A Canadian in Rossini?

Yes, there is a Rossini opera with a Canadian character.  Well, OK it’s a bit ambiguous whether he’s Canadian or American and the librettist doesn’t seem quite sure that they aren’t the same thing.  Anyway, likely the earliest of an appearance of a Canadian in opera unless one counts the Les sauvages d’Amérique section of Rameau’s Les Indes Galantes.  The opera is the early one act comedy, La cambiale di matrimonio.  It’s a bit of a one trick pony.  An English merchant has contracted to marry his daughter to the Canadian, Snook, but she’s already unofficially engaged to another.  After much faffing about Snook makes the contract over to the other suitor and makes him his heir.  The joke, such as it is, is that all this is carried out in the language of commercial contracts.  For example, when Snook minds out that Fanny is engaged he considers the “merchandise” to be “mortgaged” and so on.  Still it provides a back drop for some showy singing and the usual rapid fire Rossini ensemble numbers.

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Bartoli’s Rosina

It’s a bit hard to believe, but, as far as I can tell, the only available video recording of Cecilia Bartoli singing Rosina in Rossini’s Il barbiere di Siviglia is a 1988 recording made at Schwetzingen when she was 22 years old.  It’s pretty typical of Michael Hampe’s productions of that period; traditional, elegant, symmetrical and generally well composed, but nothing terribly insightful.  It’s also rather dark and grey in places which taxes the recording technology of the period sorely.

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La scala di seta

So here’s another Rossini one act farsa from Schwetzingen.  It’s a 1990 La scala di seta in, inevitably, a production by Michal Hampe.  It’s predictably pretty to look at and well constructed dramaturgically.  The Paris background is a nice touch.  There’s some fine singing and energetic fooling from Alessandro Corbelli as the servant Germano.  The principal quartet of lovers; Luciana Serra, David Kuebler, Jane Bunnel and Alberto Rinaldi backed up by David Griffith as the girls’ guardian are stylish and toss off the various quick fire ensembles with aplomb.  Gianluigi Gelmetti and the Radio-Sinfonieorchester Stuttgart round things out with an equally accomplished reading.  So there it is, straightforward Rossini in a typical Hampe production pulled of nicely in Scwetzingen’s elegant rococo theatre.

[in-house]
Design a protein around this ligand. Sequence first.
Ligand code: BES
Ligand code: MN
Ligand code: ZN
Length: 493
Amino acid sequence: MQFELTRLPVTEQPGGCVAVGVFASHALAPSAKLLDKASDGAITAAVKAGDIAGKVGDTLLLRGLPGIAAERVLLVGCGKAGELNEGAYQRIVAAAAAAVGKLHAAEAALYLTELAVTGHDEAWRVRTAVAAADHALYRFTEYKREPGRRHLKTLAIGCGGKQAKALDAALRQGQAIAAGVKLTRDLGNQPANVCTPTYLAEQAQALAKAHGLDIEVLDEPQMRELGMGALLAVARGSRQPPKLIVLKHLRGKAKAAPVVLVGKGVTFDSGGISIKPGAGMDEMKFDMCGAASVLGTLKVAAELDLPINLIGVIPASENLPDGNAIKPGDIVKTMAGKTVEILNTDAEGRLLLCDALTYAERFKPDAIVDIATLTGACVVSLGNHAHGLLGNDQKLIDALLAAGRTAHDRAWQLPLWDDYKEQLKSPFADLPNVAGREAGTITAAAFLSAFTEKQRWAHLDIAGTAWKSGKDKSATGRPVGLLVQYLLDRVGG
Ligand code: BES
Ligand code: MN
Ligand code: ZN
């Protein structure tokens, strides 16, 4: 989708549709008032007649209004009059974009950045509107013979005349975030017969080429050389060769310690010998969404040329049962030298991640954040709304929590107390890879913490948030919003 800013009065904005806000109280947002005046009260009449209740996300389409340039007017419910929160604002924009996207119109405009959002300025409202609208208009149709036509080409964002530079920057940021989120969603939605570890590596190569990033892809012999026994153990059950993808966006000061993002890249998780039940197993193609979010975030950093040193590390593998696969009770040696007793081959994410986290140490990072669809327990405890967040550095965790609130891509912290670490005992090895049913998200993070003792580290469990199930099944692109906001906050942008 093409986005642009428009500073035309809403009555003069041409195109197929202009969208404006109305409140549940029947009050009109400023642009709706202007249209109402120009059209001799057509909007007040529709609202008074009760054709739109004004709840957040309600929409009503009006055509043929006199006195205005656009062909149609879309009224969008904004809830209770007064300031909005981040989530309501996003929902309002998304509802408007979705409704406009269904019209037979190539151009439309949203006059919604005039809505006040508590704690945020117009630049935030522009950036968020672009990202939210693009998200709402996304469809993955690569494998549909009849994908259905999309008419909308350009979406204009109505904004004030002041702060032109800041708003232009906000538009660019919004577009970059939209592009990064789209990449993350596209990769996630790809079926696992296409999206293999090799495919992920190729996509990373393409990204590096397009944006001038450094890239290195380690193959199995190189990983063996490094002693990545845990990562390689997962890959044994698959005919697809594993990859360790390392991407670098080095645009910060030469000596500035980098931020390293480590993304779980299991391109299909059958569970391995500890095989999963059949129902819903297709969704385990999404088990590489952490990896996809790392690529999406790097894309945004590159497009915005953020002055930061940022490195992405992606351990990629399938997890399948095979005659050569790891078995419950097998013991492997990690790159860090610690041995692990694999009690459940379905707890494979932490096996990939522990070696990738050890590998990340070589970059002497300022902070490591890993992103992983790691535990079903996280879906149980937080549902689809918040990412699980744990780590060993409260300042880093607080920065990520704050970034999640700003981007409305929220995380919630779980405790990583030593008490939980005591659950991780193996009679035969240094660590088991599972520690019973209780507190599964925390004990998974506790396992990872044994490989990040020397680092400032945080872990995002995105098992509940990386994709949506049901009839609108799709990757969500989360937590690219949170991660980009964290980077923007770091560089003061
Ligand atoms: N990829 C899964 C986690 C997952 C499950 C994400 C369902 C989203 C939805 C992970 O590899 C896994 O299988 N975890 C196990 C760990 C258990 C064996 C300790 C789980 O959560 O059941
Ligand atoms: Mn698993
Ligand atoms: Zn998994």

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The other Naples opera

There are two girls and two guys.  The guys are not who they appear to be.  Nobody is sure who is pairing off with who and there’s a scheming servant.  And we are in Naples.  You know the opera of course.  It’s Rossini’s L’occasione fa il ladre. It’s one of Rossini’s early one act farsi for La Fenice and it’s quite good, if very silly.  There are plenty of musical high jinks with fast paced ensembles and some wicked coloratura.  And it has an unambiguously happy ending.  You will also likely recognise some of the music as, in best Rossini fashion, he used chunks of it in later works.

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Flurries

CussonThere have been a series of interesting announcements about composers and commissions from the Canadian Opera Company recently.  First is the announcement that Ian Cusson is to become composer-in-residence from August 2019.  Cusson is part Métis and, readers may recall, featured as half of a memorable evening kicking off the new Confluence concert series in October.  There’s an initial commission announced too.  He will work with Colleen Murphy on a piece for “families and young people” that weaves elements of myth into a contemporary urban setting.

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Opera 5’s Barber of Seville

Opera 5 opened a run of Rossini’s The Barber of Seville at the Factory Theatre last night.  It’s arguably the most conventional thing Opera 5 have done.  It’s a (very) mainstream piece.  There was no accompanying themed food or drink (a glass of Rotsina?).  There was no audience participation.  There weren’t even Aria Umezawa’s characteristically minimalist touches.  What there was a carefully constructed Barber for reduced forces directed by new Artistic Director Jessica Derventzis and conducted by Evan Mitchell.

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Looking ahead to June

Orfeo-Website-ImageJune is kind of quiet but first there’s yet another show to mention for the busy last weekend of May.  David Fallis is conducting his last performances as Music Director of the Toronto Consort.  It’s Monteverdi’s Orfeo and it’s at Trinity St. Pauls at 8pm on the 25th and 26th and 3.30pm on the 27th.  Besides David it features Charles Daniels in the title role, Kevin Skelton as Apollo, Laura Pudwell as Messagiera with Jeanne Lamon on first violin plus Montreal’s premier cornetto and sackbut ensemble La Rose des Vents.

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